By Deborah Sumner Feb 27, 2019New Hampshire has an amazing constitution, but sometimes it needs changing to deal with new challenges. The House Municipal and County Government Committee will hear testimony on CACR 8 , intended to codify our historical right to local self-government, on March 6.
Our Revolutionary War ancestors didn’t fight for corporations to have constitutional rights; they fought for people to have individual rights and authority for collective decision making for the public good. Over the years, well-paid corporate lawyers and lobbyists have argued for corporate civil “rights” in courts and their interests in legislatures. Gradually, settled law gave way to them succeeding more often than ordinary people arguing for the same constitutionally-protected rights.
“We the Corporations” by Adam Winkler shows chronologically how governing authority shifted from “we the people” to corporations and their allies.
Now, we ordinary citizens face huge odds in convincing legislators to support this amendment and allow “the people” to vote on it.
“There are two things that are important in politics,” U.S. Sen. Mark Hanna said in 1898. “The first is money. I can’t remember what the second is.”
According to 2017 polling cited by New Hampshire’s Open Democracy, 80 percent of New Hampshire voters “believe special interests have more influence than voters in state politics.”
“We the Corporations” and well-paid lawyers have won the courts; special interests and well-paid lobbyists have won the Legislature; and big money has won the political process.
As of Jan. 30, there are 88 pages listing New Hampshire lobbyists; some advocate for the public interest. Most ordinary citizens can’t get to Concord to testify at public hearings, but they still show up at town meeting when there’s an issue they care deeply about. If we find later we made a mistake, we can correct it. But that’s almost impossible if the Legislature or court makes a mistake.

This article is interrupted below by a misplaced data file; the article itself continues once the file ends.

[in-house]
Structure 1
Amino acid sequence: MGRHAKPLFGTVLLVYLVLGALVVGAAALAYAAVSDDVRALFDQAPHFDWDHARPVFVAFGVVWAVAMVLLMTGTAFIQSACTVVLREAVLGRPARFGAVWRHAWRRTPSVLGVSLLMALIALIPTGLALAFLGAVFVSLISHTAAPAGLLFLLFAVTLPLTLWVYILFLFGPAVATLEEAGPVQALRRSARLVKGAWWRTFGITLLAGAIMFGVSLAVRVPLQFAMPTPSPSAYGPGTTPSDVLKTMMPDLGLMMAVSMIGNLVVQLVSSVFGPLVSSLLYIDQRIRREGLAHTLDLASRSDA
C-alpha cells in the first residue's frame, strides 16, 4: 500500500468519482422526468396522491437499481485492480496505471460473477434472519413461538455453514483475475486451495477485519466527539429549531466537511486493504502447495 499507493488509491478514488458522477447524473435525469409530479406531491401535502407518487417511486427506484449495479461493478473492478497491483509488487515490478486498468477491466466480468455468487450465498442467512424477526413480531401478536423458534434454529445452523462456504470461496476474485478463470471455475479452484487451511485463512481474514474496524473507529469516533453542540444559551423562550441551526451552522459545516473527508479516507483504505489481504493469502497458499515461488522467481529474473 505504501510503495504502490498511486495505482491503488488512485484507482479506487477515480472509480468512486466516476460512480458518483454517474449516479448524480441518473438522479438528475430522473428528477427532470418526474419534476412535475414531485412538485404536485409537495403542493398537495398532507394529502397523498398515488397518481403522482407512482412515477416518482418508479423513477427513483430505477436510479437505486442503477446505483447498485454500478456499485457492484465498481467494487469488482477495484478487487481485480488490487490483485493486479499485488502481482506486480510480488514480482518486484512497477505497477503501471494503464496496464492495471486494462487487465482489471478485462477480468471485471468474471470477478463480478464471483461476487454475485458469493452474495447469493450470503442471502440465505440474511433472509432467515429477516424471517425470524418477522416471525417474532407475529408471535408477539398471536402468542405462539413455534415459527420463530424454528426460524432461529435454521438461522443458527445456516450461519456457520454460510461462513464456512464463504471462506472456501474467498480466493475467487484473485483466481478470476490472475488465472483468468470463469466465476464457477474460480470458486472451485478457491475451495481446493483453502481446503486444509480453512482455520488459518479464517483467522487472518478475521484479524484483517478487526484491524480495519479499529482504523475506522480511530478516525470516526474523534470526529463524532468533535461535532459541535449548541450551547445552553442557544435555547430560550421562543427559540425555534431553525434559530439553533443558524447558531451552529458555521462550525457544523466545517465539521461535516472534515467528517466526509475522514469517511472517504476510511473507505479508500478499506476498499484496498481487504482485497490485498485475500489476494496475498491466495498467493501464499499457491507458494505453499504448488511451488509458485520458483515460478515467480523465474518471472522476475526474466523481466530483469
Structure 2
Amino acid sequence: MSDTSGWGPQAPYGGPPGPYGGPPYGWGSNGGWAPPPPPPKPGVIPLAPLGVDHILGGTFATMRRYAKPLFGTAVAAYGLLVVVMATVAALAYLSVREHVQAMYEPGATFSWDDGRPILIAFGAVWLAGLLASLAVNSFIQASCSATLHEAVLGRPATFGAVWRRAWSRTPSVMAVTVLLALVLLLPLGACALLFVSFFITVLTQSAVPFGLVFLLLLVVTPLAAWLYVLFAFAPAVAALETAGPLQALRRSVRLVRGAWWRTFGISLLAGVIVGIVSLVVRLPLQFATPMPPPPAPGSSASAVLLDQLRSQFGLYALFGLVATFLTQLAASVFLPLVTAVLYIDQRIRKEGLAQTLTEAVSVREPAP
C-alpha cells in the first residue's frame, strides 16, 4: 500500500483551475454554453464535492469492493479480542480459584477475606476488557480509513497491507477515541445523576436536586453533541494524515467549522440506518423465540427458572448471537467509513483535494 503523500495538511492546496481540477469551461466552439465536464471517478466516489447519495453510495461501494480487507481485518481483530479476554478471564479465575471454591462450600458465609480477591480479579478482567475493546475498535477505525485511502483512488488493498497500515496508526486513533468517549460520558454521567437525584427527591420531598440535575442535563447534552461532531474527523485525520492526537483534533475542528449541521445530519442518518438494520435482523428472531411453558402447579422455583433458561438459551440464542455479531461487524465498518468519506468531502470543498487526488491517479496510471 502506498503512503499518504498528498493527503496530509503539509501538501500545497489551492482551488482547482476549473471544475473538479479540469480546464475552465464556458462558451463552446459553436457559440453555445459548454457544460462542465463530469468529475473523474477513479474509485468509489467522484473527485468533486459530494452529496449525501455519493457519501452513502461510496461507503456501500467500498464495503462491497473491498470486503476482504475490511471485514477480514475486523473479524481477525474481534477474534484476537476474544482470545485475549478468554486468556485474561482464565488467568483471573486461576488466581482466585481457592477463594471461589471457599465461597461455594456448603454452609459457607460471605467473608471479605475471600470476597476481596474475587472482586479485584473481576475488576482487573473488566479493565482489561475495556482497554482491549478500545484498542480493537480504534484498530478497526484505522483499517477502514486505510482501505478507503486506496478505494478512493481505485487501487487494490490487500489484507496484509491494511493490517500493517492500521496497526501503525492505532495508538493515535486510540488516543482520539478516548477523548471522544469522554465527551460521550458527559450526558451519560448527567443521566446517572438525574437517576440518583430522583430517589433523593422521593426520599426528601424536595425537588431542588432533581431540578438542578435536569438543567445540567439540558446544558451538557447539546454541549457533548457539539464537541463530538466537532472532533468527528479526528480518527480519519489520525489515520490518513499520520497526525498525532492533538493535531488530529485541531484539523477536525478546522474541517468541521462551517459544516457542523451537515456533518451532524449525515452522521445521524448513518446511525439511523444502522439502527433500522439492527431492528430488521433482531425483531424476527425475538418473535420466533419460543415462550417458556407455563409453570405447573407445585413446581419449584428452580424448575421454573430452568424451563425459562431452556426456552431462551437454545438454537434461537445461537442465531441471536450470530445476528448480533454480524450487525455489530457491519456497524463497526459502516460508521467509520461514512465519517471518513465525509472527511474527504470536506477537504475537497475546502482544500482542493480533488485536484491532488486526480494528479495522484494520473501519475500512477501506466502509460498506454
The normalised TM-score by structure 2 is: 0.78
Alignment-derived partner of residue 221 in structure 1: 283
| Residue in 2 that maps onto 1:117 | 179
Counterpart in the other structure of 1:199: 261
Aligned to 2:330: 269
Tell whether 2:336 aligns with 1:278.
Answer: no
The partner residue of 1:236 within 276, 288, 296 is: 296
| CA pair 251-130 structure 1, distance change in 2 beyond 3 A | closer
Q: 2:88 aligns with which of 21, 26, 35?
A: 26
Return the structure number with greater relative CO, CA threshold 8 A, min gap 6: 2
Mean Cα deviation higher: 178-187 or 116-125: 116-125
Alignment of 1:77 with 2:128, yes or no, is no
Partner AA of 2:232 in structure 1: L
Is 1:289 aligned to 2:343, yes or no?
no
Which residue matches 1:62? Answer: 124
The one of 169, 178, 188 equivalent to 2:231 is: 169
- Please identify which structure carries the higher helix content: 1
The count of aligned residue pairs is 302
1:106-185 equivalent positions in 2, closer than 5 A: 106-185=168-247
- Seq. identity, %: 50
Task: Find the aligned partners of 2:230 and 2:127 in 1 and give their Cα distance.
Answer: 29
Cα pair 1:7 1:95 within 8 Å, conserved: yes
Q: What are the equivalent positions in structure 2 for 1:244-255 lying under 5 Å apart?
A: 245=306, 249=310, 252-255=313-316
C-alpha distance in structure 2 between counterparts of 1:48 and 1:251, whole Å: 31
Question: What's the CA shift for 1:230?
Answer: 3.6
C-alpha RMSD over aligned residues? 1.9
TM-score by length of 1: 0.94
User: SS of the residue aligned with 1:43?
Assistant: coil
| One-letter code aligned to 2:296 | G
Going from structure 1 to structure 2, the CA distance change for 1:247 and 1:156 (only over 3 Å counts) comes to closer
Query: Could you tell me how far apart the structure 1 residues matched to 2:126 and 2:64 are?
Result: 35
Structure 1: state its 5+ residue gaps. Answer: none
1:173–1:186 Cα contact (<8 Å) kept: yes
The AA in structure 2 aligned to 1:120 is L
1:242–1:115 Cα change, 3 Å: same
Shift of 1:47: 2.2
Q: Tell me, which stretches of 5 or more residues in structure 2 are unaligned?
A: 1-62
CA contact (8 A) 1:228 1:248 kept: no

New Hampshire courts have recognized the “sovereign” authority of town meeting to direct the “prudential affairs” of the town, pass local laws and enforce penalties for violations dating back to colonial days.
A 1791 law said: … “And be it further enacted that the Inhabitants of every Town in this State qualified by Law to vote in Town affairs at any meeting duly warned and legally holden are hereby empowered to make and agree upon such necessary rules, orders and bylaws for the directing managing or lering the prudential affairs of such Town as they shall judge most conducive to the peace, welfare, interest and good order of the inhabitants of such towns and to annex penalties to such Laws … and to enure to such use as they shall therein direct … Provided such Laws be not repugnant to the Constitution and Laws of this State and provided also that such By-Laws be approved by the Court of General Sessions of the peace in the same County — And the penalty for any breach of such By-Laws shall be recovered before any Justice not interested therein” …
“Lering” means guiding through collective decision making locally to protect the common good. That’s what our New Hampshire and national founders intended. The social contract (our constitutions) depended on informed, engaged citizens with common sense and a fierce loyalty to protect the common good. Passage of CACR 8 reaffirms that inalienable right.
“We the people” bear the major responsibility of whether we survive as a democratic republic: “whether societies of men are really capable or not of establishing good government from reflection and choice, or whether they are forever destined to depend for their political constitutions on accident and force.” — Alexander Hamilton, Federalist Paper No. 1, 1787.3
Join us in standing for this constitutional codification of our historical right to protect real people, nature and the communities we love. Visit www.nhcommunityrights.org to find out more about this effort.
Deborah Sumner of Jaffrey is a member of the N.H. Community Rights Network. This was adapted from her testimony to be submitted to the House Municipal and County Government Committee regarding CACR 8